The teeth, bones and soft tissue of the mouth require a healthy, well-balanced diet. A variety of foods from the five food groups helps minimize (and avoid) cavities and other dental problems. Most snacks that children eat cause cavities, so children should only receive healthy foods like vegetables, low-fat yogurt and cheeses, which promote strong teeth.
preventing Baby bottle tooth decay
While your baby is teething, it is important to monitor the teeth for signs of baby bottle decay. Examine the teeth, especially on the inside or the tongue side, every two weeks for dull spots (whiter than the tooth surface) or lines. A bottle containing anything other than water and left in an infant’s mouth while sleeping can cause decay. This happens because sugar in the liquid mixes with bacteria in dental plaque, forming acids that attack the tooth enamel. Each time a child drinks liquids containing sugar, acids attack the teeth for about 20 minutes. When awake, saliva carries away the liquid. During sleep, the saliva flow significantly decreases and liquids pool around the child’s teeth for long periods, covering the teeth in acids.Tooth decay in infants can be minimized or totally prevented by not allowing sleeping infants to breast or bottle-feed. Infants that need a bottle to comfortably fall asleep should be given a water-filled bottle or a pacifier. Our office is dedicated to fighting baby bottle tooth decay. Let us know if you notice any signs of decay or anything unusual in your child’s mouth.
Tooth decay is caused by sugars left in your mouth that turn into an acid, which can break down your teeth. Children are at high risk for tooth decay for a simple reason; many children and adolescents do not practice regular, good oral hygiene habits. Proper brushing and flossing routines combined with regular dental visits help keep tooth decay away.Your child should visit the dentist every six months for regular dental cleanings and checkups. We recommend fluoride treatments twice a year along with cleanings to keep teeth their strongest.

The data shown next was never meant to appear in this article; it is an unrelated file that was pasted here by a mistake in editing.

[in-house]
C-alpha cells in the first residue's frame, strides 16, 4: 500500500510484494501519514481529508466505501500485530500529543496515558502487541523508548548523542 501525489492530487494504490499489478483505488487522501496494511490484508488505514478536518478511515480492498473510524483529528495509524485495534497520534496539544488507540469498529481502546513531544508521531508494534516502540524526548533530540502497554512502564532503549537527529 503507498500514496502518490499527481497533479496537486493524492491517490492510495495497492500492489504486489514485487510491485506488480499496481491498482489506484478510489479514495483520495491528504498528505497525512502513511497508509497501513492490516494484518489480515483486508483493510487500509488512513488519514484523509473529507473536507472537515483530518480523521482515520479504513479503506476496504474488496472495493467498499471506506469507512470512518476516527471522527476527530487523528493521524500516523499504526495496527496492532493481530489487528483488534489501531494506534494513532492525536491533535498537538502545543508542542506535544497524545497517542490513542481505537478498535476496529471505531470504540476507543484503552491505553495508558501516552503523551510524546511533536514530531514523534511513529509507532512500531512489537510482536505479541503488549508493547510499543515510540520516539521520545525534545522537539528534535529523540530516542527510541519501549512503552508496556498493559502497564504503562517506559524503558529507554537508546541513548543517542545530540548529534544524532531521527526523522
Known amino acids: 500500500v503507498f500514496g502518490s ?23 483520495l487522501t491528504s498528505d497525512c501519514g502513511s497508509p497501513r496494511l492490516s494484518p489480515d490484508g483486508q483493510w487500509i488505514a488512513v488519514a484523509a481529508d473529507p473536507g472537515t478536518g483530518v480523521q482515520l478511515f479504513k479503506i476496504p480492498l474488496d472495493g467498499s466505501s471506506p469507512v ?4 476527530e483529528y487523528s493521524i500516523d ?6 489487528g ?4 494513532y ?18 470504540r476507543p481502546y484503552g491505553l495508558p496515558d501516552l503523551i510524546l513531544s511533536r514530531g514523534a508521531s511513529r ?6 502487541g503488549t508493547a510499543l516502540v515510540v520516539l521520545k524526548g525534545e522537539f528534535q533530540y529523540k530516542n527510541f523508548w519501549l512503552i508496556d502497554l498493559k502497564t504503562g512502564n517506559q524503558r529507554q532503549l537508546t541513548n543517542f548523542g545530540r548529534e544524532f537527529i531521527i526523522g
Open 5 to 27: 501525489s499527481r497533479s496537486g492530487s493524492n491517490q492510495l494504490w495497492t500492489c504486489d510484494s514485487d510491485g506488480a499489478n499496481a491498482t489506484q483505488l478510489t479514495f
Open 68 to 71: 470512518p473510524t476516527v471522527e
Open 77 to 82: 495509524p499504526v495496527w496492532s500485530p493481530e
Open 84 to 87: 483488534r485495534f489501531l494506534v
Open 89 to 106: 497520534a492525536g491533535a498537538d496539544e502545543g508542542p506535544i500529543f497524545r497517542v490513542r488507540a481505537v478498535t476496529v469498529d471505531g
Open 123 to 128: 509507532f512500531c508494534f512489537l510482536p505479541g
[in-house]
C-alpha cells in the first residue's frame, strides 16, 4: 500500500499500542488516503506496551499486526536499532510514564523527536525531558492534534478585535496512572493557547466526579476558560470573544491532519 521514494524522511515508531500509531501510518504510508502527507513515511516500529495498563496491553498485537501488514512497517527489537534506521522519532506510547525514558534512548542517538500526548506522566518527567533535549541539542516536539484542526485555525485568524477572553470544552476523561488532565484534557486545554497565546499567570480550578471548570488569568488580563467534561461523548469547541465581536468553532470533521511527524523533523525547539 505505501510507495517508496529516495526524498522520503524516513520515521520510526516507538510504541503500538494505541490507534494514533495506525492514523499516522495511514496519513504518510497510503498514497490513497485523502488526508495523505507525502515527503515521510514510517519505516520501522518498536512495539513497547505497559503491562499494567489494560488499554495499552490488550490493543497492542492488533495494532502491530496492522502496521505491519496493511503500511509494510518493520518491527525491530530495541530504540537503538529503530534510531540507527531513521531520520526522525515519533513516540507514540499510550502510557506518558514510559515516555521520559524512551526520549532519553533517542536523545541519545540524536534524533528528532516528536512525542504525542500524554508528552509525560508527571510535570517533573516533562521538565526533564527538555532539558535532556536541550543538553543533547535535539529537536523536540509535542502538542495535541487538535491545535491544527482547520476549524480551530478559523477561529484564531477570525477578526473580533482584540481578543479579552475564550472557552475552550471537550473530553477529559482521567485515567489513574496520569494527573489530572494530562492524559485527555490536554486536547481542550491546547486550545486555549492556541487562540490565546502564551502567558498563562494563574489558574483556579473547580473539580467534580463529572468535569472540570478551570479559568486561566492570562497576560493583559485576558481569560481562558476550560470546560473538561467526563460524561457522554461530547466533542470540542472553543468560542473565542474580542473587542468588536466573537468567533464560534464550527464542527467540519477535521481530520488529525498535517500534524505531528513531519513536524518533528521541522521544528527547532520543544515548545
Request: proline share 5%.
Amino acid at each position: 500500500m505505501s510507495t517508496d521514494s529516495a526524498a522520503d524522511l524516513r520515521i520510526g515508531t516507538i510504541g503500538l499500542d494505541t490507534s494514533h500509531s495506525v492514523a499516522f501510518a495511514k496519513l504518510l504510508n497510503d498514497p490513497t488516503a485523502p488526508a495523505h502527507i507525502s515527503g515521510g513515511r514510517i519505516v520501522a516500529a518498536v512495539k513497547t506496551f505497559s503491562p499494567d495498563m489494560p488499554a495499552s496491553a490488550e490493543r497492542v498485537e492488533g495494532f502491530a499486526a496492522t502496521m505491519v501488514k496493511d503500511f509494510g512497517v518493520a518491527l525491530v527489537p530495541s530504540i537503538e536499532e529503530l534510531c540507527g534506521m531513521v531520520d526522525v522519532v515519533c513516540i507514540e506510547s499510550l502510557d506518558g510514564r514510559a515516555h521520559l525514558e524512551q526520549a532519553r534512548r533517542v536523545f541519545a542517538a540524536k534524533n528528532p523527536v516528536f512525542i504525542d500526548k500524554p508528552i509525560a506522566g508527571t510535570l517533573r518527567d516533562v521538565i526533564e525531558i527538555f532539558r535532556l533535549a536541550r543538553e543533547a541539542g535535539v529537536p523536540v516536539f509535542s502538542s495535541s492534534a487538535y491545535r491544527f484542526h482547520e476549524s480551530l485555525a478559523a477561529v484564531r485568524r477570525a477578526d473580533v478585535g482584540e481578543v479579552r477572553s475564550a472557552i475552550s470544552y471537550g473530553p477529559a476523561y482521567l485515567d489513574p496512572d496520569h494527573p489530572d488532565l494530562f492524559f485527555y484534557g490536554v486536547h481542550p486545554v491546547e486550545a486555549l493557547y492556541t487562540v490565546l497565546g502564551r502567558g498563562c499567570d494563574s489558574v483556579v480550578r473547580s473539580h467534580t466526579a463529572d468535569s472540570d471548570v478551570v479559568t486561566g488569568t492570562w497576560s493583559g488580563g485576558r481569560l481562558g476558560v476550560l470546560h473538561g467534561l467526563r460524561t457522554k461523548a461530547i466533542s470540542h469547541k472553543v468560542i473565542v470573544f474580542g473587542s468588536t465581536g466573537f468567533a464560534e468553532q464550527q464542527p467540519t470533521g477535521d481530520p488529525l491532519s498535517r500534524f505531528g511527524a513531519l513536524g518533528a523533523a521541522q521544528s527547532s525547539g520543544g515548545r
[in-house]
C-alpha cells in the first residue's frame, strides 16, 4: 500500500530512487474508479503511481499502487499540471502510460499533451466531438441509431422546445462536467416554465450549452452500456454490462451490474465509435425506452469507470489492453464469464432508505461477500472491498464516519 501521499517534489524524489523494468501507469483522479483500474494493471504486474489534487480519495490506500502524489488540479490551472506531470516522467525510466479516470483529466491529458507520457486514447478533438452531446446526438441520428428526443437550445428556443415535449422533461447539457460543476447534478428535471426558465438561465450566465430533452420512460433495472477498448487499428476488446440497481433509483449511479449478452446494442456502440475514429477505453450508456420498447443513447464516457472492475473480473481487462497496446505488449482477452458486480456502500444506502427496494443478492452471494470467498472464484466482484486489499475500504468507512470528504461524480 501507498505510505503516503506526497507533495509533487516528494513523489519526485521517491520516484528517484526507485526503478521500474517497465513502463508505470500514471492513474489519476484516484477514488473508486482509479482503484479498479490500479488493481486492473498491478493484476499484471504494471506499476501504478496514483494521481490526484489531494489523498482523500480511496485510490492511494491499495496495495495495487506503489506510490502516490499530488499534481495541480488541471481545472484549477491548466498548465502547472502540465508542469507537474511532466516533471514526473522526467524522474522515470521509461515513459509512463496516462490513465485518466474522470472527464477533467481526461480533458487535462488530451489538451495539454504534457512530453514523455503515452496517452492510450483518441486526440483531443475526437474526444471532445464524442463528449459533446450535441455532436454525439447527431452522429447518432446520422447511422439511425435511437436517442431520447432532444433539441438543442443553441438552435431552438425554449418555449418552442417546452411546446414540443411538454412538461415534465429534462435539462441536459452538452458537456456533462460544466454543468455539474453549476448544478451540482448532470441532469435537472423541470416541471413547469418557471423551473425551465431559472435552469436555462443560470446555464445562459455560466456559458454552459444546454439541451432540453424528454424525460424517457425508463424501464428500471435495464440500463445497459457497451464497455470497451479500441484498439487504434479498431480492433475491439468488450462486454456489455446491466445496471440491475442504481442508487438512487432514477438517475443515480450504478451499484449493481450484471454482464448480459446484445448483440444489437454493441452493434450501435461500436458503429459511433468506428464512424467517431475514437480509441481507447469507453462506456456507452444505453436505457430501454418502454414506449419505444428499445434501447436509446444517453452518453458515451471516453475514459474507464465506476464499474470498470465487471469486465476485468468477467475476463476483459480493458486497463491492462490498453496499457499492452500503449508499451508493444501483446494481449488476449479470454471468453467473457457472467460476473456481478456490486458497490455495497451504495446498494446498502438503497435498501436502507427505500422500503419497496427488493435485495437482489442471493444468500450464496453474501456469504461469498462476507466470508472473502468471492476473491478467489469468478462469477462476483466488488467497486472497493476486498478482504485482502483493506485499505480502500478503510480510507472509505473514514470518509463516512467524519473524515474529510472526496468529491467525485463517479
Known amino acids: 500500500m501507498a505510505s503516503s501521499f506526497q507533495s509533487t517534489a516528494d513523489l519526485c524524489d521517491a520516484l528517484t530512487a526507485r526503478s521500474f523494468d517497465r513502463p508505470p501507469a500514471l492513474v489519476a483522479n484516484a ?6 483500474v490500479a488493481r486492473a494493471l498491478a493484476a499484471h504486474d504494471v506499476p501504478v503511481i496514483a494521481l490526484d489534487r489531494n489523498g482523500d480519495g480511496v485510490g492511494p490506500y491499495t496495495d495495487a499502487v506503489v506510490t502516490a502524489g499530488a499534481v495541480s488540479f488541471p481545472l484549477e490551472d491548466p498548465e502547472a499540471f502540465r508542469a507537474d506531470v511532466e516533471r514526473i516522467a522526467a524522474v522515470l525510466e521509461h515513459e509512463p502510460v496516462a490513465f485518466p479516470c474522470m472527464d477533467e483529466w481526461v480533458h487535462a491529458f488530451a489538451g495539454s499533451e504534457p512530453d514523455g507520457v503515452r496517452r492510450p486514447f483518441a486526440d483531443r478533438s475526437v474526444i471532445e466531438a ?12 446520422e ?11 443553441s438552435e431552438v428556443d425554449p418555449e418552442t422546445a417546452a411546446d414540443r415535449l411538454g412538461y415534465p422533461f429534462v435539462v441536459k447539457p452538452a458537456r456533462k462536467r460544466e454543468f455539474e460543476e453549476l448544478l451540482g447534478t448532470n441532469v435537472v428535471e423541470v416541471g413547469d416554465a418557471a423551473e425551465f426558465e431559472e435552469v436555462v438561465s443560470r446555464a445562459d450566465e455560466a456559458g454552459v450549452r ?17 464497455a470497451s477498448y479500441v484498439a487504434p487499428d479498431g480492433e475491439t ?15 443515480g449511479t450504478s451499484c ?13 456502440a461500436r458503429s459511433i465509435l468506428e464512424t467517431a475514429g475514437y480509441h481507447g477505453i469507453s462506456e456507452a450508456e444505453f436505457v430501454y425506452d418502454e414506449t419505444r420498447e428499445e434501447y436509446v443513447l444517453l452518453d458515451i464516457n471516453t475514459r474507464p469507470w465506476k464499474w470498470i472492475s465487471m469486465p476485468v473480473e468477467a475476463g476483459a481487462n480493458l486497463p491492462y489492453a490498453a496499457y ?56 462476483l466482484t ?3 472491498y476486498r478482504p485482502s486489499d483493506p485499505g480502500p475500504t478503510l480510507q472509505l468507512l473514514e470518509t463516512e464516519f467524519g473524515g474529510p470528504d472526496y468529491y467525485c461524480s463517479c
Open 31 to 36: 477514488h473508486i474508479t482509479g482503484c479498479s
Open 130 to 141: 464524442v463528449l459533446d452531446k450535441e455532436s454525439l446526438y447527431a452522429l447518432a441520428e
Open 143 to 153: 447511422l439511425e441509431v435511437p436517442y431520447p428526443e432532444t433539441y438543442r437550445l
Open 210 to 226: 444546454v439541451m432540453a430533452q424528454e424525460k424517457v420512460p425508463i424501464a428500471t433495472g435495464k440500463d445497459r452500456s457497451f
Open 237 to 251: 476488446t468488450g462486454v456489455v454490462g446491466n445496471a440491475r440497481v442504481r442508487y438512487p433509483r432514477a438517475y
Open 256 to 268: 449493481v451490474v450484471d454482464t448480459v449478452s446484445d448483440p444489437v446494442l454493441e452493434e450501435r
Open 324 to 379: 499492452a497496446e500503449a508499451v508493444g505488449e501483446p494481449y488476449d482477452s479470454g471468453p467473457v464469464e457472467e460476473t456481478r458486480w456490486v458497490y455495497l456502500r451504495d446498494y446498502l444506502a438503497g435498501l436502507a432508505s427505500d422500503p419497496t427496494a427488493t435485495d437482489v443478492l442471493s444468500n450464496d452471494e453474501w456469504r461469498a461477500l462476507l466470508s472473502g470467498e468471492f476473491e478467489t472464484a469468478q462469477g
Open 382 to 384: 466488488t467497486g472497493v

While brushing and flossing regularly is a great way to keep teeth clean and free from plaque, there are grooves and pits on the surface of some teeth that cannot be reached through conventional methods. Food particles and plaque collect in these grooves and pits, increasing the chance of decay. Sealants give your teeth extra protection against decay and help prevent cavities. Dental sealants are a plastic resin that bonds and hardens in the deep grooves on your teeth. When a tooth is sealed, the tiny grooves become smooth and less likely to harbor plaque.Tooth sealants can be applied quickly and easily protecting tooth enamel from decay in just one visit. Sealants last from three to five years, but it is fairly common to see adults with sealants still intact from their childhood. A dental sealant only provides protection when it is fully intact, so if your sealants come off, let your dentist know, and schedule an appointment for your teeth to be re-sealed.
Tooth sealants are also recommended because they "seal" the deep grooves in your child's teeth, preventing decay from forming in these hard-to-reach areas. Sealants last for several years, but will be monitored at your child's regular checkups.